steer a car, the front tires turn the front of
the car, and the rest of the car follows. Take
a corner too tightly and the inside rear wheel
hits the curb. When you steer a boat, the rudder, outdrive, or outboard swivels at the stern
and directs the thrust in a way that pushes
the stern in the opposite direction. Because
of this, when taking a corner in a boat, your
boat needs room on the OUTSIDE of a turn
– the exact opposite of a car. This difference
isn’t too noticeable on open water, but critical
in close quarters.
Two forces steer a boat while moving
forward (making headway) – the wash or
thrust from the spinning prop, and the
rudder effect of the drive or rudder slicing
through the water. When making headway
in forward gear, prop wash and rudder effect
work together. Shifting into neutral subtracts
prop wash, but the boat’s headway through
the water allows the drive or rudder to keep
working, so some steering control is retained.
The same holds true in reverse gear (
sternway). The faster the boat moves through the
water, the greater the steering force of rudder
effect. When operating at slow speed, your
boat will handle better when the prop is turning. So, timing is important when you’re trying to steer and shift gears at the same time.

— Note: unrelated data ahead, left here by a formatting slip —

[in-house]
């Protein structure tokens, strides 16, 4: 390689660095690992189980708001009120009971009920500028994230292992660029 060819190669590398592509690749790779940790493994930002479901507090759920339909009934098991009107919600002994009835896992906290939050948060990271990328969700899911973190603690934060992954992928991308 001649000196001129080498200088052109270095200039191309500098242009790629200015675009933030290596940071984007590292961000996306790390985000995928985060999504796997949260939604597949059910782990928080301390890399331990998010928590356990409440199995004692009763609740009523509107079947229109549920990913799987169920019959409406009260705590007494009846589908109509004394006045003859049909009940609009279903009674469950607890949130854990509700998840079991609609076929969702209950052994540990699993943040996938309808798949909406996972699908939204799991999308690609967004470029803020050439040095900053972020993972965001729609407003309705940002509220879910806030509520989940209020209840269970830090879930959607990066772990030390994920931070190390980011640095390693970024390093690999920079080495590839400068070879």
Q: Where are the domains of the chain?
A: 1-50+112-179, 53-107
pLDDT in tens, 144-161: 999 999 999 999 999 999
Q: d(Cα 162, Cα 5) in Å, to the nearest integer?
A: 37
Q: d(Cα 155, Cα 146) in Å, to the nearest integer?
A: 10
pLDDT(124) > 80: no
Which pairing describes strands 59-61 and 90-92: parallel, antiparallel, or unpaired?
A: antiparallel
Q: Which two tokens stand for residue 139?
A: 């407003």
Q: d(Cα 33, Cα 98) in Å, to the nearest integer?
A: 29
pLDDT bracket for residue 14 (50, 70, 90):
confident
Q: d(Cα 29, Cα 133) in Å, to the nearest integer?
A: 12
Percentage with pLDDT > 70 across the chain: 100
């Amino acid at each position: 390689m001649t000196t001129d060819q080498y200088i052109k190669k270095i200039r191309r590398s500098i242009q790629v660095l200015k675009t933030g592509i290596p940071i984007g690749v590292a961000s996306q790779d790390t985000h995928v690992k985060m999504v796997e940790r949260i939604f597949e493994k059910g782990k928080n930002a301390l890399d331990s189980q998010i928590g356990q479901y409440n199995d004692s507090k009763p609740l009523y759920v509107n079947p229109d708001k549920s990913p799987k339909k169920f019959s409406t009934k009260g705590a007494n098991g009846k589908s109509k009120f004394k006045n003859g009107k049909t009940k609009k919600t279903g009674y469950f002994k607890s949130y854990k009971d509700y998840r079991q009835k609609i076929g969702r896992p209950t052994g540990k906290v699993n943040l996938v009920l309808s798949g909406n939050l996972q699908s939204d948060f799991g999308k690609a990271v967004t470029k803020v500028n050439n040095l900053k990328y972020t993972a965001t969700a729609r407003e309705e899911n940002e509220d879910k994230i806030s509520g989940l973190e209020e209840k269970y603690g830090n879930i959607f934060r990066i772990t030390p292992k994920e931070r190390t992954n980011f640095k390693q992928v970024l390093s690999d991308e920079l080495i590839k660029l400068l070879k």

Shift too soon or turn the wheel too late (or
vice versa) and control may be lost.
Talk The Walk
Another factor that affects how your boat
moves through the water is “prop walk,”
a sideway force at the stern caused by the
spin of the prop. Direction of the walk is
dependent on which way the prop spins.
The spin gives the boat a tendency to turn
slightly, instead of going straight – and may
cause your boat to lean one way or another
at high speed. Prop walk is more noticeable
in reverse than in forward gear, and more
pronounced on inboard vessels. Viewed from
behind, a right-hand prop spins clockwise
in forward gear, and a left-hand prop spins
counterclockwise. When a right-hand prop
is in forward gear, it will “walk” the boat to
starboard; in reverse gear, it will walk the boat
to port. Likewise, a left-hand prop in forward
gear will walk the boat to port, and walk it to
starboard in reverse gear.
Prop walk can be put to good use when
docking. When possible, it’s an advantage
to approach the dock on the side where the
planned maneuver will walk the stern to the
dock. If you can’t do this, you’ll need to take
that into account and adjust how much you
steer. But before you take a boat into tight
quarters, make sure you’ve gotten a working
understanding of the following techniques.
Cen Tering The Wheel
Start by figuring out the range of the wheel,
which is how many times it takes to turn
the wheel from hard-to-port to hard-to-star-board. Turn the wheel all the way to one side
look through a nearby
fixed object at the background. if the background
is moving, so are you.
HOW TO TELL IF YOU’RE MOVING
Wind tends to push the bow
of the boat off course.
Current tends to drag
the stern off course.
EFFECTS OF WIND OR
CURRENT AT LOW SPEED